Without being prepared to roll up our sleeves and get involved in complex multilateral negotiations there will never be an end to these international crises. No longer can the US, Britain, France, and Russia attempt to play world police, carving up nations and creating deals behind closed doors as they please. That might have worked in the Cold War era but it’s anachronistic and ineffective now. Any 21st century foreign policy has to take account of all the actors and interests involved.

Our first priority must be to defuse tension. I urge PM May to pledge that she will not send British armed forces to the region, a move that will only inflame relations. We also need to see her use her influence to press both Trump and Jong-un to stop throwing insults at one another across the Pacific Ocean, heightening tensions on both sides.

For this to happen they will both need to see that serious action - as opposed to just words - is being taken by the international community to reach a peaceful solution. Britain can play a major role in achieving this. As a member of the UN Security Council, it can use its position to push for the recommencing of the six party nuclear disarmament talks involving North and South Korea, the US, China, Russia, and Japan. We must also show moral and practical leadership by signing up to and working to enforce the new UN ban on nuclear weapons, ratified on 7 July this year and voted for by 122 nations, and that has to involve putting our own house in order by committing to the decommissioning of Trident whilst making plans now for a post-Trident defence policy. It’s impossible to argue for world peace sat on top of a pile of nuclear weapons. And we need to talk to activists in North and South Korea and the US who are trying to find a peaceful solution to the current conflict and work with them to achieve that goal.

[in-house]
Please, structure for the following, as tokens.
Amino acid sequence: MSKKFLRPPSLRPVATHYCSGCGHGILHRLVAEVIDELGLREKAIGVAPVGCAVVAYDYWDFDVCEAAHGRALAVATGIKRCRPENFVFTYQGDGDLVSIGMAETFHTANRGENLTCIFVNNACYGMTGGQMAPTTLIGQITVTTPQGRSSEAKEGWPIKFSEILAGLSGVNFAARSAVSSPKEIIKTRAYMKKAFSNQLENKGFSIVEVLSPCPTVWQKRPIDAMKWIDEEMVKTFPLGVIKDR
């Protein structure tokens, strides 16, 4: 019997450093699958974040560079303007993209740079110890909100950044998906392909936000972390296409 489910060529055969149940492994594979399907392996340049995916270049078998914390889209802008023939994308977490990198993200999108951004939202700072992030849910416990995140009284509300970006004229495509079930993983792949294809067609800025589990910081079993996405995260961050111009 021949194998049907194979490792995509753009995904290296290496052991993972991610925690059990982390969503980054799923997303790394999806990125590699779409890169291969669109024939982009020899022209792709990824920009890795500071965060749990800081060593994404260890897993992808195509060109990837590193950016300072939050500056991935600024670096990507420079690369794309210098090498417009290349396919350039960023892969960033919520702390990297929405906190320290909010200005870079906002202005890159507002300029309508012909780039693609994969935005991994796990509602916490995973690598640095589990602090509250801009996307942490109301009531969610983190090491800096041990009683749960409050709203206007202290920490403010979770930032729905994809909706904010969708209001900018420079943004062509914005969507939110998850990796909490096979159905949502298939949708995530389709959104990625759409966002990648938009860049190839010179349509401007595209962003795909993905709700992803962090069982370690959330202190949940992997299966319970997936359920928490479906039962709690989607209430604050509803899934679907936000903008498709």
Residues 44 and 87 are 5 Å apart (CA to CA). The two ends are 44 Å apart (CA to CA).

Just as those who lived through the second half of the 20th century grew accustomed to the threat of a nuclear war between the US and Russia, so those of us living in the 21st know that a nuclear strike from the US, North Korea, Iran, or Russia can never be ruled out. If we want to move away from these cyclical crises we have to think and act differently. President Jae-in’s leadership needs to be now be followed by others in the international community. Failure to do so will leave us trapped, subject to repeating crises that leave us vulnerable to all-out nuclear war: a future that is possible and frightening in equal measure.

Caroline Lucas is the MP for Brighton Pavilion.